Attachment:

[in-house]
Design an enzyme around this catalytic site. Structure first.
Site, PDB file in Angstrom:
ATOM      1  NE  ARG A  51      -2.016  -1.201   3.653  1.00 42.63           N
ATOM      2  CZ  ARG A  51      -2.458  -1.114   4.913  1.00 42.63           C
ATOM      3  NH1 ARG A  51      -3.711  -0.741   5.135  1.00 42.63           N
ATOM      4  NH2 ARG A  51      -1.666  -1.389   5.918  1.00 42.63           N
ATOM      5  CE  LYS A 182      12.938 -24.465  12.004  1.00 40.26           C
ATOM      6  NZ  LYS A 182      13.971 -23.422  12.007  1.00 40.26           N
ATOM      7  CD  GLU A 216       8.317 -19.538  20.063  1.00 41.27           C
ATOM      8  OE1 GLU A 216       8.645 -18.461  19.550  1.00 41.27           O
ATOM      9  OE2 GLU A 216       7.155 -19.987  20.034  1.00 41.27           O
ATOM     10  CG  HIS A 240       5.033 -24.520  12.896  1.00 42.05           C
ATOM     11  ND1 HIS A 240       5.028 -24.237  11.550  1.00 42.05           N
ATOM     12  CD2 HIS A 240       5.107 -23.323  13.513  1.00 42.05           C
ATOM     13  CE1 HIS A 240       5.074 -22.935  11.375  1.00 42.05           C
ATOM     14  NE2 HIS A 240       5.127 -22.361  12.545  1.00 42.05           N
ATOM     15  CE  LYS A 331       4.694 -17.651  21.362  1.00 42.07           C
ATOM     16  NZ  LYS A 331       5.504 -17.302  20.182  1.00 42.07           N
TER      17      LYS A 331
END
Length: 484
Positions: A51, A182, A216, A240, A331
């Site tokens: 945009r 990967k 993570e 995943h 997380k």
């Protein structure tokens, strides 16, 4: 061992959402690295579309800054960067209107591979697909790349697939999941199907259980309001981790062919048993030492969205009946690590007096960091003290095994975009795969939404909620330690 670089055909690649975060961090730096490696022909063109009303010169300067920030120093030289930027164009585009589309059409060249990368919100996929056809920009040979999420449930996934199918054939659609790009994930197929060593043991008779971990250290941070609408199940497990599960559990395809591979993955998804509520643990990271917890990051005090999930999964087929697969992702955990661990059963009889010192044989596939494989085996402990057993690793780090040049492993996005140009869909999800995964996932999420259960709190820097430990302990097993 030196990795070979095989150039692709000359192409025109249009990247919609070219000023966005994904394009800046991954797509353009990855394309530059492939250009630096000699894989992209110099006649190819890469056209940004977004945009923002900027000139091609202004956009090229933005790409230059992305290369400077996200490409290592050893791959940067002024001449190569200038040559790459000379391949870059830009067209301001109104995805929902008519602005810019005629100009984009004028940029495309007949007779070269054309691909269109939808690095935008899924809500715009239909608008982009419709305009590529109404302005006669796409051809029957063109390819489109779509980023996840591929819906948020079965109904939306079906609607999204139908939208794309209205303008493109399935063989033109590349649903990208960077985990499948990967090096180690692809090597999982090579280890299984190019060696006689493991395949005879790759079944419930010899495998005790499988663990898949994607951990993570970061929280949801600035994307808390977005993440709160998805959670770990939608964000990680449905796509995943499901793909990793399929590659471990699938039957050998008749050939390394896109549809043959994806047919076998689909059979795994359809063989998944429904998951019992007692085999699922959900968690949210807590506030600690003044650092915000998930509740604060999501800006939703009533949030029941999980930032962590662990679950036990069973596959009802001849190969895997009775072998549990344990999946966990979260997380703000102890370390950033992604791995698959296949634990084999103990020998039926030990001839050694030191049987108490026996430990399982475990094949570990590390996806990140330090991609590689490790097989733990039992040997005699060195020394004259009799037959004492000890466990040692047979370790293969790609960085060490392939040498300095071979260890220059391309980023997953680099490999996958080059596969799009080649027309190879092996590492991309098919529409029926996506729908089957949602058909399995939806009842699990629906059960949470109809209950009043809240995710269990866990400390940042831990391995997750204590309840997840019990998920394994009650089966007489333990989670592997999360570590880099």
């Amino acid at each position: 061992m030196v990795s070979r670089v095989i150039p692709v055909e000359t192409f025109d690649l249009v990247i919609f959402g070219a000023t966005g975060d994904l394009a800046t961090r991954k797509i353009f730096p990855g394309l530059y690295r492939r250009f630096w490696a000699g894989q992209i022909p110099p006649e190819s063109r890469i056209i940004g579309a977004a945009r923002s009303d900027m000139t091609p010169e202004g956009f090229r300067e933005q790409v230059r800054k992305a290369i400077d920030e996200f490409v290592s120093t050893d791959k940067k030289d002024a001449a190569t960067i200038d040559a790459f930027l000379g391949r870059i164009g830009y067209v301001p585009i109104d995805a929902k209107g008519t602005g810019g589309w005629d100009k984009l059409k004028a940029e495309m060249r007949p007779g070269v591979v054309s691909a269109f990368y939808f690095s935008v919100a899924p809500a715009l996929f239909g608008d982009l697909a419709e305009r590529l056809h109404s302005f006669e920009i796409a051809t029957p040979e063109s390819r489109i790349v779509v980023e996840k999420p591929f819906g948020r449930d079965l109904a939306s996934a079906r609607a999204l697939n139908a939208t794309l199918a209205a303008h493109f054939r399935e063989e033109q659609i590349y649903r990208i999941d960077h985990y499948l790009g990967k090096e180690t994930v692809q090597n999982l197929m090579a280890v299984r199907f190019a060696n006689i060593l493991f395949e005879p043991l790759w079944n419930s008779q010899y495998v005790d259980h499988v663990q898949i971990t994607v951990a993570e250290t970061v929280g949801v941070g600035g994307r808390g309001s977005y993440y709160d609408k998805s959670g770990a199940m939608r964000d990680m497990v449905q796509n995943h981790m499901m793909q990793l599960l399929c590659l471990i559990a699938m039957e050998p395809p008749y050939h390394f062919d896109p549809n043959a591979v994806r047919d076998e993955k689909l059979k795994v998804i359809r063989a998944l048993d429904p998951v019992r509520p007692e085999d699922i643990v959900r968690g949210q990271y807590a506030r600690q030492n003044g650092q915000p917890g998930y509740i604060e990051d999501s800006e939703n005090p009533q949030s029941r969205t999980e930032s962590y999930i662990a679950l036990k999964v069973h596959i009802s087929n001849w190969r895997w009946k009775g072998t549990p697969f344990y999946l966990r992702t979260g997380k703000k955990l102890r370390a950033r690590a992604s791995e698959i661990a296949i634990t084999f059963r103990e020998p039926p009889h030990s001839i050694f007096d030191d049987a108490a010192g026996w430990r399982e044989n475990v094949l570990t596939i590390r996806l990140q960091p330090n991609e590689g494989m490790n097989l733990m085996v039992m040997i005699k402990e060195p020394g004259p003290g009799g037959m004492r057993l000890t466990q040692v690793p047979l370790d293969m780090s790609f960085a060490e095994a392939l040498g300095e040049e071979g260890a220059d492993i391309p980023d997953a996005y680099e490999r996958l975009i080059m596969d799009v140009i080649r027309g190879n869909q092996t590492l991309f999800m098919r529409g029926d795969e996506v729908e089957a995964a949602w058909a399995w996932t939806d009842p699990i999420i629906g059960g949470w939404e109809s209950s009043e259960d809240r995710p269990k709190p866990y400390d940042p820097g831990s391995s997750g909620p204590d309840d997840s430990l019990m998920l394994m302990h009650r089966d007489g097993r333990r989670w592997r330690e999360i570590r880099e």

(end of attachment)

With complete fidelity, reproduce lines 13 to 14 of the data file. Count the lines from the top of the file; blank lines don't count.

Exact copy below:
ATOM     10  CG  HIS A 240       5.033 -24.520  12.896  1.00 42.05           C
ATOM     11  ND1 HIS A 240       5.028 -24.237  11.550  1.00 42.05           N